Ortega says US foreign policy based on expansionism, oppression

In an exclusive interview in RT en Español, the president of Nicaragua Daniel Ortega explains what are the forces behind the anti-government protests and tells how the investigation process of the deaths will be made safe. In addition, the president talks about the relationship between his government and businessmen, and presents his vision on the creation of an OAS working group for Nicaragua.

“History is born with the expansionism of the United States since the ancestor century, when the North American country was already trying to take over Nicaragua”, says Daniel Ortega in the interview. “And then, beginning the last century, the US Army troops arriveed occupying Nicaragua, the US Army troops arrive, appointing presidents, murdering Sandino, installing Somoza,” adds Ortega.

- payin the bills -

“No matter who governs, [in Washington] is set in an expansionist culture,” he says. What the US “they cannot forgive” is that the Sandinista National Liberation Front overthrew Somoza, whom the Americans had set to govern Nicaragua, the president said.

“When the Sandinista Revolution began in 1979, the US responded with a war that was a ‘bloodbath’, with more than 50,000 deaths during that entire period from 1979 to 1990”, underlines Ortega.

When the Sandinista Front returned to the government in 2007, “armed groups begin to form and they began to present them as patriots who are fighting for democracy, against the Sandinista dictatorship. That is to say, they described us as a dictatorship simply because we had achieved the revolutionary victory and even when we were returning via the electoral route,” says the president.

- paying the bills -

Ortega says those countries that tend to act against Washington’s will are demonized and destabilized by the White House.

“We have always wanted to have normal relations with the US but we see only aggression in return.”

Ortega also said Washington was clearly not in need of good relations with Nicaragua, as it “constantly attacks” the Nicaraguan government. He added that the US openly demanded “submission, even servility”, while trampling on those states that refuse to “bow” to their will.

Washington has long sought to put Nicaragua into its sphere of influence, even by a direct military occupation in the early 20th century, the Nicaraguan president said.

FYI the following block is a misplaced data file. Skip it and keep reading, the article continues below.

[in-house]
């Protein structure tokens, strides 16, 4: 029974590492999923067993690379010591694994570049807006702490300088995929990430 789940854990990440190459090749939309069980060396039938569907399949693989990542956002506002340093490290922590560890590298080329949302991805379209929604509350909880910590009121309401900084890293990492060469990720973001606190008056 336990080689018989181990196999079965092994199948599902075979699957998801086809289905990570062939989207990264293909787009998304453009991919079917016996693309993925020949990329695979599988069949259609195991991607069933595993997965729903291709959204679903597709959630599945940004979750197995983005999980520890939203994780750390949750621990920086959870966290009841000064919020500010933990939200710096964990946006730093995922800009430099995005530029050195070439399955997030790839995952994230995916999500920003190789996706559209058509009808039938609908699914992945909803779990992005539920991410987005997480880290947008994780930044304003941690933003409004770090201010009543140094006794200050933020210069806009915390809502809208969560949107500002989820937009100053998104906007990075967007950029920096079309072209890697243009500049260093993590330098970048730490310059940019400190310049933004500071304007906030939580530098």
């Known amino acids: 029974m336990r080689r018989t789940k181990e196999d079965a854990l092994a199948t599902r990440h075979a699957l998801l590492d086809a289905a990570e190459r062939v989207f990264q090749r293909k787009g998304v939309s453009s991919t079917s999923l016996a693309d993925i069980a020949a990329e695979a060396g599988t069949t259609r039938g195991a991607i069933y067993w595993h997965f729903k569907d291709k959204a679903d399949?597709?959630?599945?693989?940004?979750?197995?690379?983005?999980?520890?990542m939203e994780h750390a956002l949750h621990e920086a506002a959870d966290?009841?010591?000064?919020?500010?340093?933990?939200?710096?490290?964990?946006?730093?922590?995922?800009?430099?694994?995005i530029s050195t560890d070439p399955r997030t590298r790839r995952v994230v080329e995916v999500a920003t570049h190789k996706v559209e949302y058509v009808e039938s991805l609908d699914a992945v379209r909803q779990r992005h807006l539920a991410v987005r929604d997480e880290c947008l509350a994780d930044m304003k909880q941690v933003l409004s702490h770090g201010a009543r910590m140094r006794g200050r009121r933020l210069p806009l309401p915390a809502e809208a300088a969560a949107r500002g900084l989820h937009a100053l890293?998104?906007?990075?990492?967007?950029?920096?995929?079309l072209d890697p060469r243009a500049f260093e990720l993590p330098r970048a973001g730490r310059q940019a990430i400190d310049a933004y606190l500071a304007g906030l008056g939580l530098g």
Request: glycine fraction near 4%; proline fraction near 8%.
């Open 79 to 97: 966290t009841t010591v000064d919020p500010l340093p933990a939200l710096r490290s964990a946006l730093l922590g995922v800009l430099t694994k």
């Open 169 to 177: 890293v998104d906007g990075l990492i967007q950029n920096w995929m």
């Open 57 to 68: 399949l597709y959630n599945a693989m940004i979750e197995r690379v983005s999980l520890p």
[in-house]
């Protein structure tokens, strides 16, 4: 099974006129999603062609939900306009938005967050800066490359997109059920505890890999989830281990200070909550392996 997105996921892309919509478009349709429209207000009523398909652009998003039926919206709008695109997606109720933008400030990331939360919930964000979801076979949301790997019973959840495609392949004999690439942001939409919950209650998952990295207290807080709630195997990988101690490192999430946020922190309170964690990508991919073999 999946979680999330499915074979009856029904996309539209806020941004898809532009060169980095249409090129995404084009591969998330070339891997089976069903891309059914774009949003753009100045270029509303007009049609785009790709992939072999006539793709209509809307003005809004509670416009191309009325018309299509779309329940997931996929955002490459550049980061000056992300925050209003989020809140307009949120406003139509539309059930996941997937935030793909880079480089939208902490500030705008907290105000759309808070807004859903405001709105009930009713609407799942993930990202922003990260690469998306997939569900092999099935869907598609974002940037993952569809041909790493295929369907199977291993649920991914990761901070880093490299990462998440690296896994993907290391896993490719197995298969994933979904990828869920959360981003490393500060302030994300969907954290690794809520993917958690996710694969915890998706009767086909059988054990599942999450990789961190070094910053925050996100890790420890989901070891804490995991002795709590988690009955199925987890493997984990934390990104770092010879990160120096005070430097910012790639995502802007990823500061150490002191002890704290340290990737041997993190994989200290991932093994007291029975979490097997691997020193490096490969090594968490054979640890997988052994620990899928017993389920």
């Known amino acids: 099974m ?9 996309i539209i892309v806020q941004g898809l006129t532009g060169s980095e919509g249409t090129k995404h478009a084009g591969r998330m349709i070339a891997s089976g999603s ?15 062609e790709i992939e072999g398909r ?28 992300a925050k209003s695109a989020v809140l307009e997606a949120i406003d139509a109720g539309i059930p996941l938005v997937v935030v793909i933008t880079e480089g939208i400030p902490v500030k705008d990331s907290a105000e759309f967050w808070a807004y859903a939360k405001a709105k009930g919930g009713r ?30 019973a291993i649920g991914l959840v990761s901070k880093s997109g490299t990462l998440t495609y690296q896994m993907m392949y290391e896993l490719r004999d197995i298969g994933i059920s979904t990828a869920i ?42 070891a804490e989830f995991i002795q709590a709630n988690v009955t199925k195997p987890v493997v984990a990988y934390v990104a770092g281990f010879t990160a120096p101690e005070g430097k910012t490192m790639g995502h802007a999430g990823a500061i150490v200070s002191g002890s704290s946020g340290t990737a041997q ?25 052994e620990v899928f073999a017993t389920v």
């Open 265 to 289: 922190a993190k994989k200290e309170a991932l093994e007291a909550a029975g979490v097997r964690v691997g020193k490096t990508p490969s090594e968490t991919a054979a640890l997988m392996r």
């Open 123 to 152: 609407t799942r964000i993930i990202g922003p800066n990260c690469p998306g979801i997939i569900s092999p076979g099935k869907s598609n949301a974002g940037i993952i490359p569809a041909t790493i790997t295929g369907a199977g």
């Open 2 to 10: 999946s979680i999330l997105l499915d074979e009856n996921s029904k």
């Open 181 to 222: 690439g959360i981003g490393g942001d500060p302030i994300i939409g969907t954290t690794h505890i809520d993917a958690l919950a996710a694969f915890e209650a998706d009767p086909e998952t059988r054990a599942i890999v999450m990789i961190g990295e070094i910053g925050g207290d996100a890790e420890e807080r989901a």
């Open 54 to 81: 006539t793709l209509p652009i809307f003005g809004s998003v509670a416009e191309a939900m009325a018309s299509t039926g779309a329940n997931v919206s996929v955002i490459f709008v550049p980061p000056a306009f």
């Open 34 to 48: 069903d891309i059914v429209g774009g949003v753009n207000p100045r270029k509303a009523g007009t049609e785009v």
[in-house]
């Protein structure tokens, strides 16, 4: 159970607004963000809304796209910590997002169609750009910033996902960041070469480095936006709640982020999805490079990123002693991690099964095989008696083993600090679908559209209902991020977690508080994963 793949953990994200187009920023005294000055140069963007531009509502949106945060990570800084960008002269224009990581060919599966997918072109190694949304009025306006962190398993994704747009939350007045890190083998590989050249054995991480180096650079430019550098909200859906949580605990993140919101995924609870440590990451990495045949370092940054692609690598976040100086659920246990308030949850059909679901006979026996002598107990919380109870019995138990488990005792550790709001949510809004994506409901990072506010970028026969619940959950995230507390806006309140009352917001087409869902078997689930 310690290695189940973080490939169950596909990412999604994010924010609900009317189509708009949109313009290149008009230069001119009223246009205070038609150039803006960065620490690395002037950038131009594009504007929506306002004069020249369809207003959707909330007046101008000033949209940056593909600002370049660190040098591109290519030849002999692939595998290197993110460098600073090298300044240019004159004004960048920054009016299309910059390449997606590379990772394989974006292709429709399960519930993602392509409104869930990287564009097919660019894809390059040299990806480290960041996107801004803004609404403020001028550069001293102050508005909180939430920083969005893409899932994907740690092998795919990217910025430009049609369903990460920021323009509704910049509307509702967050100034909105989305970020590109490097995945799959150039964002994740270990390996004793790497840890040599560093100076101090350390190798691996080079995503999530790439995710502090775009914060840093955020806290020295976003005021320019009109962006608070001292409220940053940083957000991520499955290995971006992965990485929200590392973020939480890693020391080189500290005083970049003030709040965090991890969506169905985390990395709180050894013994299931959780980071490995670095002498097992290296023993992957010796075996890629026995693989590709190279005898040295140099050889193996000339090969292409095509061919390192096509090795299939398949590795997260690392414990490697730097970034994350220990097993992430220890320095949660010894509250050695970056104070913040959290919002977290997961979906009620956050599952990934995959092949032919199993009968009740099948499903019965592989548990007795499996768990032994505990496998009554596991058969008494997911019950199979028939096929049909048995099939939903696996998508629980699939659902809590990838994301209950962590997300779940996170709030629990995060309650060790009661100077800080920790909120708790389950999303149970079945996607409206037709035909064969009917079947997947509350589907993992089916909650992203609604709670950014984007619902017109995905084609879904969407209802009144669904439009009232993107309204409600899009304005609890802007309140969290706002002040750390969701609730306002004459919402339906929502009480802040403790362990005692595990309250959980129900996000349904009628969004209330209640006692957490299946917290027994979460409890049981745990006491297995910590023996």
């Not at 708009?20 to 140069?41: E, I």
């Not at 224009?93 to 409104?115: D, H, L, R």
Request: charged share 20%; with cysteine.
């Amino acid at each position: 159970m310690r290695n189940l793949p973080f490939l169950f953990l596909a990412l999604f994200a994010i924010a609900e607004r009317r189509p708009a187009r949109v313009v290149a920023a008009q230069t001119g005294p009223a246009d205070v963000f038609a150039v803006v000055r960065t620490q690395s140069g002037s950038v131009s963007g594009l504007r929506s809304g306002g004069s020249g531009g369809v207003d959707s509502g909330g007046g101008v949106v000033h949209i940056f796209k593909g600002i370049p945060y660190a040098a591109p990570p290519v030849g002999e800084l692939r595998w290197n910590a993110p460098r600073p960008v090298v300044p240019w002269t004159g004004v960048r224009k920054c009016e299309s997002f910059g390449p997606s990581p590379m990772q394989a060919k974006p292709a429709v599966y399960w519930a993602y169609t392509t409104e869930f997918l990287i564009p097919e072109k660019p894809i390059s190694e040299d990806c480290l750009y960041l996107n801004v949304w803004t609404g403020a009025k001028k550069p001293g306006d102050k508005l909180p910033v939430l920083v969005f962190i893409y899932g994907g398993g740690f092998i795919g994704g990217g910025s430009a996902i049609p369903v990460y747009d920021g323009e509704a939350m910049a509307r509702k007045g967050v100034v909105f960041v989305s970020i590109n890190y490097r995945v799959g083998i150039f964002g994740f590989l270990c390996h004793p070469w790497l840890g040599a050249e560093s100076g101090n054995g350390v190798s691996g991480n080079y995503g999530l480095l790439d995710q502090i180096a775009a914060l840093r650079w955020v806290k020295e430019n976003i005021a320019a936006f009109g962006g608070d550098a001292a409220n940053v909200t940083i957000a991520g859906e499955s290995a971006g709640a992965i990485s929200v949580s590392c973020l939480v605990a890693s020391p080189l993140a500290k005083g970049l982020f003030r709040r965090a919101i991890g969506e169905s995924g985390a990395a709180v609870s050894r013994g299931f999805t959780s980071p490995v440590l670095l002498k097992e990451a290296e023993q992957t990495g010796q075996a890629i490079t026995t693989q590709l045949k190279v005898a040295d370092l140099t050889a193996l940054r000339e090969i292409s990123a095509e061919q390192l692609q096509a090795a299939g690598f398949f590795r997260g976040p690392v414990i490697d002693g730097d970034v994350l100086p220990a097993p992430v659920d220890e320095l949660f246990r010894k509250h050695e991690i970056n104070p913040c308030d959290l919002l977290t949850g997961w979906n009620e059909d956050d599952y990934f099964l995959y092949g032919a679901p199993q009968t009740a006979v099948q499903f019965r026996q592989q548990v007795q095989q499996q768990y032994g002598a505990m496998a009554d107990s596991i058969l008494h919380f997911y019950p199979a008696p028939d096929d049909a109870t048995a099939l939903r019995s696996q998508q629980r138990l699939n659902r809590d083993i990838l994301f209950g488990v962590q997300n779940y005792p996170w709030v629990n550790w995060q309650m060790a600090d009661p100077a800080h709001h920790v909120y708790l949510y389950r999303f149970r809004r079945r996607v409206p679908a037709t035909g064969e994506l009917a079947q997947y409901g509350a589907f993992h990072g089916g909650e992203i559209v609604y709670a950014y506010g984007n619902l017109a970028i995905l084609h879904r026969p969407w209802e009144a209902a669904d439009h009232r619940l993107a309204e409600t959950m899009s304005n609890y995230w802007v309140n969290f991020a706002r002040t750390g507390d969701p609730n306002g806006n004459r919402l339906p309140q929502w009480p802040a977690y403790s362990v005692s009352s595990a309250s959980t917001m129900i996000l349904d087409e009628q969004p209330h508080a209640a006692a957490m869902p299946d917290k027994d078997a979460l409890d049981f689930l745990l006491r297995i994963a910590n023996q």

According to Ortega, the US actively pushes its “human rights agenda” through various NGOs as well as directly through its embassy in Managua in a bid to present the Latin American state as a country “lacking democracy.”

“The activities of all those ‘human rights commissions’ has long turned into a business,” Ortega said.

- paying the bills --

Regarding the different numbers of deaths reported, of the official number, 195 and the more than 400 by human rights grous, Ortega points out that, although Nicaragua “has a high safety index”, there is another indicator that could be influencing the figures.

“We should ask ourselves, […] in Nicaragua, in these 90 days, there were no common crimes?” The president asks, noting that a certain number of daily homicides persist due to assaults and other crimes not necessarily related to the protest.

Ortega, however, emphasizes that the corresponding “legal procedures” will be applied to investigate each of these cases. “The formal rules […] are working,” says the president.

The president also points out a clear role of non-governmental organizations (NGOs) behind the protest actions. As he explains, NGOs seek to organize “women, young people” according to “well-known demands”, but funds for these demands are “deviated”; although not towards liberalism, which “has its own sources of financing”, but towards other parties for its “political agenda”. “That’s why the NGOs and the Embassy of the United States are organizing seminars to – they say – strengthen democracy,” he adds.

Last month, the Organization of American States (OAS) approved a resolution that urged Managua to “support an electoral calendar,” a formula of calling for early elections instead of waiting until the end of 2021 as a way out of the current growing crisis in the country over an alleged violent crackdown on dissent.

However, Nicaraguan Foreign Minister Denis Moncada strongly lambasted the resolution and rejected the early election request.

“What is happening in Nicaragua is a coup d’état and a rupture of the constitutional order,” the top diplomat said, accusing Washington of seeking “interference” in Nicaragua.

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